The Health Consequences and Effects of Humidity

March 20, 2020
Low humidity levels help spread viruses and respiratory diseases. On the other hand, high humidity can cause mold to grow. Therefore, it's important to keep them stable to prevent negative effects of humidity.

Moisture directly affects the number of allergens and microorganisms in the environment. In particular, high humidity causes both dust mites and mold to grow. Therefore, people with allergies can suffer. Here, we’ll focus on the health consequences and effects of humidity.

Even people without allergies can suffer from the effects of humidity when the levels are too high. After all, we all know that no one likes sticky heat. Now, have you ever wondered why the hot, humid air makes us feel so uncomfortable? Also, why does extremely dry air make us uncomfortable, too?

It’s important to keep humidity levels within a specific range so the extremes don’t affect you. It’s not just about keeping allergies under control, but also a matter of safety. Here, we’ll explain more about this.

The effects of high humidity on the body

A man sweating a lot.

One of the reasons humidity makes hot weather more unbearable is because the higher the humidity, the higher the temperature feels. When you’re in a humid place, you might think it’s even hotter, even though the temperature is at a bearable degree.

However, why does humidity make us feel hotter? To understand this, you have to know how your body cools you down and how it regulates temperature.

Read this article: The Causes of Heat Exhaustion and How to Treat it

Moisture helps cool the body

Sweating is one of the body’s cooling mechanisms. However, sweating only works to cool us down if the water leaves the skin and evaporates.

This is where the moisture comes in. The concentration of water in the air relative to temperature determines how fast water can evaporate from the skin. When the air contains more moisture, it’s more difficult for the air to absorb sweat from your skin.

The result?

We sweat and sweat, but instead of feeling relief, we just feel hot and sticky. When high humidity affects the cooling capacity of sweating, your body has to cool off in other ways. When sweating doesn’t work to cool you down, you start to overheat. Therefore, you lose water and salt, which your body needs. Overheating, or heat exhaustion, can lead to dehydration and chemical imbalances within the body.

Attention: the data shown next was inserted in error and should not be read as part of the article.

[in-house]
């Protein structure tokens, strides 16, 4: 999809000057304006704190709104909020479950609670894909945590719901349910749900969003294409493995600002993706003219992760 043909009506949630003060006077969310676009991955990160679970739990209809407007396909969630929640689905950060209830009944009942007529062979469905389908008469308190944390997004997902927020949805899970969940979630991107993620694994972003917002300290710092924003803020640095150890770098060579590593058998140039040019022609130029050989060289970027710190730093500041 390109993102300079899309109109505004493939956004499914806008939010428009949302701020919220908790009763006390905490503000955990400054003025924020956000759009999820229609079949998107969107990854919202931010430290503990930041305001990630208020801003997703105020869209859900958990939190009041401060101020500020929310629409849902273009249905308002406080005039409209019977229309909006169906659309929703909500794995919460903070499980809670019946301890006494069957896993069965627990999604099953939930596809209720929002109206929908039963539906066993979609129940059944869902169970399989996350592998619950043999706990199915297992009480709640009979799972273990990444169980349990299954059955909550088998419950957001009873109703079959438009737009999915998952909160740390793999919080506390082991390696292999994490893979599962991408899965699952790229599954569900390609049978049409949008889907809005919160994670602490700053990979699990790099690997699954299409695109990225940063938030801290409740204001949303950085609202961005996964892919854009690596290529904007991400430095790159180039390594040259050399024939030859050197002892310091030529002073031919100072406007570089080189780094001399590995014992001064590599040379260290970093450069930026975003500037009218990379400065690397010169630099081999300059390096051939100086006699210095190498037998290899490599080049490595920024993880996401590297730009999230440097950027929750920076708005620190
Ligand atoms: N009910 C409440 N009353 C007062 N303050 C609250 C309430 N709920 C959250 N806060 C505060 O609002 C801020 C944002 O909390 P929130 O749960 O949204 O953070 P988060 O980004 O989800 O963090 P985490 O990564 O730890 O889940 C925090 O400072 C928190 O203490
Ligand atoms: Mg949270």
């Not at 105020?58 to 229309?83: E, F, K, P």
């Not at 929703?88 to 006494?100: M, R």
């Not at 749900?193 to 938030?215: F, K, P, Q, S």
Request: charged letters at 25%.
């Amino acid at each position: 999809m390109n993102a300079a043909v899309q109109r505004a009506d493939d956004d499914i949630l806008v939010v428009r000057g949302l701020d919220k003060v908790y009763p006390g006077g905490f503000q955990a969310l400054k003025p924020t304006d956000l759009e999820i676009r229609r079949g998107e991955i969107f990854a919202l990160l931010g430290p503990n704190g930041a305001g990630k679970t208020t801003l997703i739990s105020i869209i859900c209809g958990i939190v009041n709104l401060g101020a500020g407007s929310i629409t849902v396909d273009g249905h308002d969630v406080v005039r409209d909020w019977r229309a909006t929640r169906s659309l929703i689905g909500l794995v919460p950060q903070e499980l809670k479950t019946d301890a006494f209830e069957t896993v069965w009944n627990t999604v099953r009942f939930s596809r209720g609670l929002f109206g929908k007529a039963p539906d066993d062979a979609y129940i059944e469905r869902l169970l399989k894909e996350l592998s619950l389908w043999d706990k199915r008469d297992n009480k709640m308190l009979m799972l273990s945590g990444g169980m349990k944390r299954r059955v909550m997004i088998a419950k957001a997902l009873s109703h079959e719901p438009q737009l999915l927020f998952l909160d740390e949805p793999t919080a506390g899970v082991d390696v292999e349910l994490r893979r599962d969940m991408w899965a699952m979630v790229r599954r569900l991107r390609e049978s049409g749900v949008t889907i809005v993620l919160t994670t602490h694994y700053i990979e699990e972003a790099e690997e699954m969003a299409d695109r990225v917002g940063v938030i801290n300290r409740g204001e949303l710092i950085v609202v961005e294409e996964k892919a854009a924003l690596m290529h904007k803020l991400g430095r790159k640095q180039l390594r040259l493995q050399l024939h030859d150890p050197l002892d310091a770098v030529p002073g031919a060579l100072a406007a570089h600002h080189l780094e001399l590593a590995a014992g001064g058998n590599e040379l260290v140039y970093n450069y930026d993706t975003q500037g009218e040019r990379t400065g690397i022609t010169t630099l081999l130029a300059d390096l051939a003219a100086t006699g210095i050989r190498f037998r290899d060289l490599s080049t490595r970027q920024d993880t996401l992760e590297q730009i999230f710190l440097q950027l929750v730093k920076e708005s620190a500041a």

When overheating is severe, it can cause:

The main ways to avoid overheating are to keep in mind both the temperature and the heat index. It’s important to drink plenty of water, not do too much physical activity and cool down when you notice fatigue or increased heart rate. The drier the air is, the faster it will cool and the fresher your body will feel. In addition to creating a more comfortable environment, it will also reduce allergens. Usually, these allergens often thrive in warmer, wetter conditions.

We also recommend reading: An Air Purifier Can Help Combat Pollen and Allergies

The effects of low humidity on the body

Woman in a striped shirt coughing.

While it’s not uncommon to see humidity above 80% in the summer, in the fall that number can drop to as low as 20%. The effects of humidity at low levels are mainly in two areas: the skin and respiratory system.

Some of the respiratory symptoms from low humidity are:

  • Dry nasal passages
  • Sore or scratchy throat
  • More contagious diseases

For the most part, the effects of low humidity on the skin are:

Humidity, whether high or low, can have negative consequences for your body. Remember, relative humidity depends on temperature. These two factors are connected, and changes in one affect the other. Generally, humidity between 35% and 50% is ideal. This helps your body function normally. In addition, it prevents allergens like dust mites and mold from growing.

Keeping all of these things in mind will give you a better understanding of how your body works in relation to its environment. This way, you can do what you need to in order to prevent the effects of humidity from affecting your quality of life.

  • Carrillo, T. (2012). Libro de las enfermedades alérgicas de la fundación BBVA. Alergia al polvo: ¿qué son los ácaros y cómo evitarlos?
  • OpenCourseWare. Universidad Politécnica de Madrid. Tabla para calcular sensación térmica por efecto del calor.

ocw.upm.es/ingenieria-agroforestal/climatologia-aplicada-a-la-ingenieria-y-medioambiente/contenidos/tema-13/Tabla-para-calcular-sensacion-termica-por-efecto-del-calor-y-la-humedad.pdf

  • A V Arundel, E M Sterling, J H Biggin, T D Sterling. Indirect health effects of relative humidity in indoor environments. (1986).

https://www.ncbi.nlm.nih.gov/pmc/articles/PMC1474709/

https://www.ncbi.nlm.nih.gov/pmc/articles/PMC1474709/
  • Baughman, A. Arens, Edward A. Indoor Humidity and Human Health–Part I: Literature Review of Health Effects of Humidity-Influenced Indoor Pollutants. (1996).